Around 8 p.m. Patrice suggested I try laboring on the toilet. At first, this felt good, but while there, the pain became so intense that I felt incapable of moving to a different position. When I found words to express my problem to Patrice and Sam, they each got under an arm and helped me into a kneeling position at the bed. After awhile, I remember saying, “I feel like pushing!” Patrice asked if I wanted to get into bed so she could check me. I dreaded this because, after all this work, I didn’t want to hear her say I was only 4 cm dilated or something. But to her surprise and my relief, I was 9+!

The only thing I remember about the next two hours was extreme pain almost constantly! I was coping by screaming, which is totally uncharacteristic of me under normal circumstances. I assumed a side-lying position, at Patrice’s suggestion, and was squeezing Sam’s hand on one side of the bed and Dorothy’s hand on the other. I sincerely hoped I wasn’t causing them paralysis or some other kind of permanent hand injury. The team helped me push by telling me to breathe into the pushes rather than using up my energy screaming. I was amazed at how much this made a difference.

When our baby started to crown, Patrice asked Sam if he wanted to see the top of the head. “Wow, it has a lot of hair!” was his comment. Just hearing this gave me an extra boost of energy to push the head out. The shoulders were so hard to push out, but they came, and with a whoosh, at 10:46 p.m. the rest of the baby was born!

I went from screaming and crying to giggling in a couple seconds’ time as the baby, without a whimper, was placed on my chest. My first words were, “Is it a boy or a girl?” Sam said, “It’s a boy!” and as we gazed at him, we both exclaimed together, “He’s huge!” The relief I was experiencing was indescribable. I greeted our baby, “Hello, Shiloh Frederick!”

What happened in the next few moments there are not words to properly express. We were left to bond with our new precious son. After awhile, the cord was cut and I delivered the placenta. It didn’t seem fair that now that my baby was out I had to deal with yet more contractions, but soon it was over. I was given some tips on breastfeeding, and Shiloh nursed for 30 minutes on one side and 45 minutes on the other.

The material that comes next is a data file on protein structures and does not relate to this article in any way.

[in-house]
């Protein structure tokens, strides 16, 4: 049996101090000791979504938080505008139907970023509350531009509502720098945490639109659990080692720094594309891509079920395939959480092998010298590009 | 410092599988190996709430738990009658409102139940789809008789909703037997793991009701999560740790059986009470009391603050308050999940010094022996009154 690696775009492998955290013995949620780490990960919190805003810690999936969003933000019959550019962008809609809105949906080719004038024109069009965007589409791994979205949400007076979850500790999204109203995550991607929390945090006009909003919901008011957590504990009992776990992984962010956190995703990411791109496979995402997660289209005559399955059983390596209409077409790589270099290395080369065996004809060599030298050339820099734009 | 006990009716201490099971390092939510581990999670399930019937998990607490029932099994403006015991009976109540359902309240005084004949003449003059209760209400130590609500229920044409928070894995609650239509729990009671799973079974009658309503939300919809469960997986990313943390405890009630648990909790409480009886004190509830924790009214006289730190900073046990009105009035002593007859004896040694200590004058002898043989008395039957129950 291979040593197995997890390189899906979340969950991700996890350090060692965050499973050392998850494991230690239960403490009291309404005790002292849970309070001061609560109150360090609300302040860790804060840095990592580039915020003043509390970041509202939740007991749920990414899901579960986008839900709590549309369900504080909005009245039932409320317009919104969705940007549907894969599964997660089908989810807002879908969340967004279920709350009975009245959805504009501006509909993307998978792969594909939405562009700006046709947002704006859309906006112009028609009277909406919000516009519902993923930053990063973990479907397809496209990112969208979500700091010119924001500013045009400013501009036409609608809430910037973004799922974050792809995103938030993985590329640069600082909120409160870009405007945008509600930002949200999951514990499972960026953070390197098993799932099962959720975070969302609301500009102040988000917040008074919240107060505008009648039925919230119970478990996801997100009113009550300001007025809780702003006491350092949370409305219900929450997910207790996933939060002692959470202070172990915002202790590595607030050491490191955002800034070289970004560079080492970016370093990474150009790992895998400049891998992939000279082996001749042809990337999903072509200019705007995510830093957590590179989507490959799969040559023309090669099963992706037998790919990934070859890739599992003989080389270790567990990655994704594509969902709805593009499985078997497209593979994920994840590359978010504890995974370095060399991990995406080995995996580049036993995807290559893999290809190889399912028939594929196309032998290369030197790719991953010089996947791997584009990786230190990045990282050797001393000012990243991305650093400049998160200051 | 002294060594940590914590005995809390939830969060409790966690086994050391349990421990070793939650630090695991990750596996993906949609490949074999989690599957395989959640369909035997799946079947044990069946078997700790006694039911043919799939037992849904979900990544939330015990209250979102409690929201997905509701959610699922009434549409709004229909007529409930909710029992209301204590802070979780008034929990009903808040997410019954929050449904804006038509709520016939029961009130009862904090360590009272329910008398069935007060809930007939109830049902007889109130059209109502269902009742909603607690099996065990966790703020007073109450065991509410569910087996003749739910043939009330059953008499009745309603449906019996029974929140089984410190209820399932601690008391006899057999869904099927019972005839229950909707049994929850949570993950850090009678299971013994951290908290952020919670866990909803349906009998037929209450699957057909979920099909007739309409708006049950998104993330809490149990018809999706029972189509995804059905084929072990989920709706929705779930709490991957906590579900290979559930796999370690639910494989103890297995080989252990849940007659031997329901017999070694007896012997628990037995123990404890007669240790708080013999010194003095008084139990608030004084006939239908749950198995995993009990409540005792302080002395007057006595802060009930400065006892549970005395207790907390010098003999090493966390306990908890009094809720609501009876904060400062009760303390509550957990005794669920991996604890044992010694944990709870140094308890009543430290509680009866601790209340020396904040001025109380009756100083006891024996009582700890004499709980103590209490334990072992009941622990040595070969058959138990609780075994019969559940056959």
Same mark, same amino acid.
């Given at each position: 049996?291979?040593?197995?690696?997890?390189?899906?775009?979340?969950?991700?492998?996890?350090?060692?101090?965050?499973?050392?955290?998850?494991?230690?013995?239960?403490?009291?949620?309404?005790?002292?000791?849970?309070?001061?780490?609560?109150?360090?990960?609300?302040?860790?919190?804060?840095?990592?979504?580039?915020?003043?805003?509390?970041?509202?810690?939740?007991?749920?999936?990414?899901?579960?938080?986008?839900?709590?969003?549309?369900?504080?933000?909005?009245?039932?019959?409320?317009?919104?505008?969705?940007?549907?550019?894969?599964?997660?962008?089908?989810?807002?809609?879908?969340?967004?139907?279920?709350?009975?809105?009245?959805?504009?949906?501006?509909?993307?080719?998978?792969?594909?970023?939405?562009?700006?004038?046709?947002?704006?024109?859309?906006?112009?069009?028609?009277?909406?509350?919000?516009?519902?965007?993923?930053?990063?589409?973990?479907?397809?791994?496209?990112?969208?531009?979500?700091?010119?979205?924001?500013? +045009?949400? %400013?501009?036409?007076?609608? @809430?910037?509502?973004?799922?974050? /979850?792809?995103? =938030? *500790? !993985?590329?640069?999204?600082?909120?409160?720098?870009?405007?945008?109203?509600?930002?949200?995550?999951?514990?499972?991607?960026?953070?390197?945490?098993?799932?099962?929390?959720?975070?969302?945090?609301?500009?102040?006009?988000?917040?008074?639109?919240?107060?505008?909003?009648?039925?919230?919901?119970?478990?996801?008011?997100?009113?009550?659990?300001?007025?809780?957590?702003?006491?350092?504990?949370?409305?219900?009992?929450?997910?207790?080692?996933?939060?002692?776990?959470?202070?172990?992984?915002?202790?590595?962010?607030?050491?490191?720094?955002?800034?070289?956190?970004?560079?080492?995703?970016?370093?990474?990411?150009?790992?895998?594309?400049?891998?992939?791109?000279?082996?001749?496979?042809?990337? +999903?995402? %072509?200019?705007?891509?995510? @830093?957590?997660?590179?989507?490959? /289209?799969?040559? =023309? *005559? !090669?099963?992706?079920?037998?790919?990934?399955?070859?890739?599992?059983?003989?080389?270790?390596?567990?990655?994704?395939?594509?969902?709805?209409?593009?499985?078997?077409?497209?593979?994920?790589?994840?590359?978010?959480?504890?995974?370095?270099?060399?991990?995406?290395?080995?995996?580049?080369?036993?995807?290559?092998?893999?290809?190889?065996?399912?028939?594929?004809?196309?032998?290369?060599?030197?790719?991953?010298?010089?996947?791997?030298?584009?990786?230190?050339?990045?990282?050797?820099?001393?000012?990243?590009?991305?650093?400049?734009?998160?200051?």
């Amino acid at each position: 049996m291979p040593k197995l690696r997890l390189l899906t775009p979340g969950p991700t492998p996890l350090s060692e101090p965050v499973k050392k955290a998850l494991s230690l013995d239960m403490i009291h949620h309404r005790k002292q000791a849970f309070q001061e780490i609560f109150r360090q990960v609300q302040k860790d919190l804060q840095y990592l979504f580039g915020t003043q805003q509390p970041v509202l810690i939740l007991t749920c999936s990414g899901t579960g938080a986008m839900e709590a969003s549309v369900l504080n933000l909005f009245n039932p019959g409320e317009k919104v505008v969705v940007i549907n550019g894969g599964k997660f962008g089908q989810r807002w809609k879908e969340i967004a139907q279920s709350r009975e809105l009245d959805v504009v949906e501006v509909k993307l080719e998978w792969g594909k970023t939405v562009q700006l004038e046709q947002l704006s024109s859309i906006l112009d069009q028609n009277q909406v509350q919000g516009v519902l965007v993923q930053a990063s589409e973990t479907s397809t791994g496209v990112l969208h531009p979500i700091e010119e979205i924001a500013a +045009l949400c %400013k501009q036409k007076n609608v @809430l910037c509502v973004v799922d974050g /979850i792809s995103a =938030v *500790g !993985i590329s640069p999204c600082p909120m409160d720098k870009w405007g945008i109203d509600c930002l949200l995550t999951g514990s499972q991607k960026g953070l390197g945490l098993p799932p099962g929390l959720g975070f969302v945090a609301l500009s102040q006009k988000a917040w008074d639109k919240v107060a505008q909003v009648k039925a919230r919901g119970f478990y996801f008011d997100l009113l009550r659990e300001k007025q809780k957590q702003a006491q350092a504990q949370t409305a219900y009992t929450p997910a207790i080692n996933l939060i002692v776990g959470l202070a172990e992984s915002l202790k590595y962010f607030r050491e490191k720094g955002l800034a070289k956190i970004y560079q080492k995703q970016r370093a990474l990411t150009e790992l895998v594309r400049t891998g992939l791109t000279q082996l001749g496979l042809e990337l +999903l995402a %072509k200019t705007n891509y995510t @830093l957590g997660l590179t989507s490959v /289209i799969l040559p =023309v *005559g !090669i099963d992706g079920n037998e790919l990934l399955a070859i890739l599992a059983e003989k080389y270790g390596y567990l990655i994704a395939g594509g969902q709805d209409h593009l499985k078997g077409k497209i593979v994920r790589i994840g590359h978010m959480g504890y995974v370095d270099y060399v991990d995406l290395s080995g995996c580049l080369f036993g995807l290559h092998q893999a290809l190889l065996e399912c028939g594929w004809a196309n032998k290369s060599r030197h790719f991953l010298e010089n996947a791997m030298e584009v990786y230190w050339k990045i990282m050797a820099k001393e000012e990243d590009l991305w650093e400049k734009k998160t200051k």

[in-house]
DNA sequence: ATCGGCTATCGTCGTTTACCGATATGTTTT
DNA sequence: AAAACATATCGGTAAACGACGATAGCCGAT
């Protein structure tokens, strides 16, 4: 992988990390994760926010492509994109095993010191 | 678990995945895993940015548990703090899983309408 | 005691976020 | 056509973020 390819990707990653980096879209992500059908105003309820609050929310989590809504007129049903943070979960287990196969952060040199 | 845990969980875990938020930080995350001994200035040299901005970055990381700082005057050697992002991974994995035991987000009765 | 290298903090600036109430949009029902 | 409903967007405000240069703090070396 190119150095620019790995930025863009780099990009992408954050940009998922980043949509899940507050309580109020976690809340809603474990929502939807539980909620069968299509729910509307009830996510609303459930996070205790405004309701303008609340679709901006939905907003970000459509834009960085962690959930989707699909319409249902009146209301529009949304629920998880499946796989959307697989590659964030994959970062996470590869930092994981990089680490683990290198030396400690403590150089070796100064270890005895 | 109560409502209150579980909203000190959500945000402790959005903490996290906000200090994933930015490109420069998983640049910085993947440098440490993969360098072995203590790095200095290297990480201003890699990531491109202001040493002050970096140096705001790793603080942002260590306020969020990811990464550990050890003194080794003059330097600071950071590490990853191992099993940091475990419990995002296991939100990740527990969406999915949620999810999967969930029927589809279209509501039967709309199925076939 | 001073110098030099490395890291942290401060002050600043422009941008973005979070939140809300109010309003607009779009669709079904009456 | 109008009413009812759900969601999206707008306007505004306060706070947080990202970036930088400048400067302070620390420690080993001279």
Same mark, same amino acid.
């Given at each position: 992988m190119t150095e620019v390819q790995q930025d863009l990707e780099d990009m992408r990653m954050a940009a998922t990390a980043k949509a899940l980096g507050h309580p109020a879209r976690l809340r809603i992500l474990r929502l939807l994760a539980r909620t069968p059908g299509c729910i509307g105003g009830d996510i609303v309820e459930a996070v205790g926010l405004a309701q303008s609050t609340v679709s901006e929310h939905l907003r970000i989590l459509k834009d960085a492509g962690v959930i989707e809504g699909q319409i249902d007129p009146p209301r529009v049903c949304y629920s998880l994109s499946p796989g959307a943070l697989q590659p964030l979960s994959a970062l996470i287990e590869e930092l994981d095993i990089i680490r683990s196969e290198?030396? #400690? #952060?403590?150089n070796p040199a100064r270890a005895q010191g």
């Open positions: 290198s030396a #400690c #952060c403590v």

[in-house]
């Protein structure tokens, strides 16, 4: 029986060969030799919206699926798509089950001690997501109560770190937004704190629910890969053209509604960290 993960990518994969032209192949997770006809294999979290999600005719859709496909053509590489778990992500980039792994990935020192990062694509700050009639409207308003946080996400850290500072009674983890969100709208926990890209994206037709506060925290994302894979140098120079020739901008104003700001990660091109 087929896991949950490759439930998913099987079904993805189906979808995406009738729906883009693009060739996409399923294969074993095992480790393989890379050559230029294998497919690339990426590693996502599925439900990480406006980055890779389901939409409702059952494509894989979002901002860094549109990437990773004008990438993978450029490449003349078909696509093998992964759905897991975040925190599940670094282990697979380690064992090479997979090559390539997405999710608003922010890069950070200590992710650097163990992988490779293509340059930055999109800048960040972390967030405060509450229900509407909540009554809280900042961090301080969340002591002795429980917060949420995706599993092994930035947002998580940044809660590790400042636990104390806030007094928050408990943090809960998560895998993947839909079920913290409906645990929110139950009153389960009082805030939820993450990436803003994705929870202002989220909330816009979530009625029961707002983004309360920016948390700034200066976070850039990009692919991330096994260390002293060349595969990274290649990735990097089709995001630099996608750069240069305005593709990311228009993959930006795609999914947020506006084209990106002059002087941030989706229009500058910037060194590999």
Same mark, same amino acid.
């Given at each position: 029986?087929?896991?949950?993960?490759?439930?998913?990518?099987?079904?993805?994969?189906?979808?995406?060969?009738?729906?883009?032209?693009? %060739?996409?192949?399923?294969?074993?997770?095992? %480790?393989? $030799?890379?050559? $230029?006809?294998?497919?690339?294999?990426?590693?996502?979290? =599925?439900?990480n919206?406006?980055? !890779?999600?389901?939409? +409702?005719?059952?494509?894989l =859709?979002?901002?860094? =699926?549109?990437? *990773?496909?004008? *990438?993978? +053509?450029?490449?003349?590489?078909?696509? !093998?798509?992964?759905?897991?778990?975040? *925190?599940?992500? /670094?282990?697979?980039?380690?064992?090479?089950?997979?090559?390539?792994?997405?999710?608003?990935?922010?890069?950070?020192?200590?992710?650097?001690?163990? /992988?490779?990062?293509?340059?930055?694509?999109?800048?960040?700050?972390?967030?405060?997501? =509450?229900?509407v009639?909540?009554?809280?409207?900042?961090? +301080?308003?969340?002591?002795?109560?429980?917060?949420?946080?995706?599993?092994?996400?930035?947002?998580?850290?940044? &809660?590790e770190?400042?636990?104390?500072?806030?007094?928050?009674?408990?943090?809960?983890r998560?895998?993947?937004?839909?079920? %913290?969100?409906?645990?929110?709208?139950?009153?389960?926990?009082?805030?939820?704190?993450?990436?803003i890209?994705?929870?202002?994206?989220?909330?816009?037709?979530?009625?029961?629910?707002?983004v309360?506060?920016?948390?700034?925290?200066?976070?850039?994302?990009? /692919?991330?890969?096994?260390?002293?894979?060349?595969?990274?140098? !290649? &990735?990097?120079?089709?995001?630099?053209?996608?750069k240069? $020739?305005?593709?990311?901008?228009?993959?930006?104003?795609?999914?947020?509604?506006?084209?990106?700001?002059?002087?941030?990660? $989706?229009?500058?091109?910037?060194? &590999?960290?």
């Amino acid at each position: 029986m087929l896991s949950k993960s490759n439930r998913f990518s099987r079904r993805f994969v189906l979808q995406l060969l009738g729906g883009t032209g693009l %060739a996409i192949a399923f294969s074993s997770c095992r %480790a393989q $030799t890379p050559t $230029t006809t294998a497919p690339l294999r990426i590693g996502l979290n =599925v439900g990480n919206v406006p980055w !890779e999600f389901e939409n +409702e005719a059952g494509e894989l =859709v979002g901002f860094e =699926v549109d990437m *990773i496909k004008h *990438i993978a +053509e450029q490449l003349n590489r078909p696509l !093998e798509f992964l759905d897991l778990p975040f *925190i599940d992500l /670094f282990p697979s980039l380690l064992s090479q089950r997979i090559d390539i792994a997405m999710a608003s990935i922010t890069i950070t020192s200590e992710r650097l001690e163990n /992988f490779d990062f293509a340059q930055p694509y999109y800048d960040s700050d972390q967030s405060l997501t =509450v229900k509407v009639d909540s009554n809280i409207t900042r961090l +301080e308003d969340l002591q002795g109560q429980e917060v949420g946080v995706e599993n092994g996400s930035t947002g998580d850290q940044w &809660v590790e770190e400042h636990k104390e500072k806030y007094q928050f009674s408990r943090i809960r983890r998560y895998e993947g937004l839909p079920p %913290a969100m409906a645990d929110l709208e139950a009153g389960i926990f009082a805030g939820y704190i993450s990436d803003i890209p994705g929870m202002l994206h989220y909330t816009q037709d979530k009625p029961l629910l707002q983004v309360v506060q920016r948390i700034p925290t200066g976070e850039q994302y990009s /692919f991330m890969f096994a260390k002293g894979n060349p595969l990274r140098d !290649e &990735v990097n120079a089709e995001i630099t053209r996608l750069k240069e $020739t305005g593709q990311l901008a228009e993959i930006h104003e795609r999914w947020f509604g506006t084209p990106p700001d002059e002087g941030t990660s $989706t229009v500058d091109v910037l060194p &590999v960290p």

They examined Shiloh at my bedside, and when Jen went to weigh him, she said, “Any guesses as to how much he weighs?” Sam and I looked at each other and I said, “I’m gonna guess between 9 and 10 pounds.” She held up the scale and said, “Nine pounds, twelve ounces!”

Then, while Sam held him, the midwives gathered round and I heard the ominous words, “Now let’s take a look at you.” Unbeknownst to me, I had 2nd and 3rd degree tears that needed to be stitched up. They decided it best to take me into the hospital to get everything stitched up properly. So, at eight degrees below zero, at 2 a.m. we were braving the icy roads to the emergency room.

During the time at the ER, several people were amazed that I had just delivered a baby without medications and that I was in minimal pain. Still, they wanted to take me into surgery and give me general anesthesia to repair the laceration. After I insisted twice about preferring local anesthesia, they complied. What a blessing to hear that the OB on duty that night had been delivering babies for over 40 years and also knew Patrice! I felt they had a good attitude about me having a home birth. We were back home in about 2 hours… back home to my weary husband and beautiful new baby boy.

I felt sorry for our tired midwives having to drive home on questionable roads. But Sam, Shiloh, and I climbed into bed and let the cares of the day roll away as we basked in the glory of bringing a new life into the world. The next few weeks would be full of rest, relaxation, and happy visitors dropping by to greet our little one, but for now we slept the happy rest of finally receiving the blessing God had for the last nine months been preparing for us. Shiloh Frederick Near had finally come.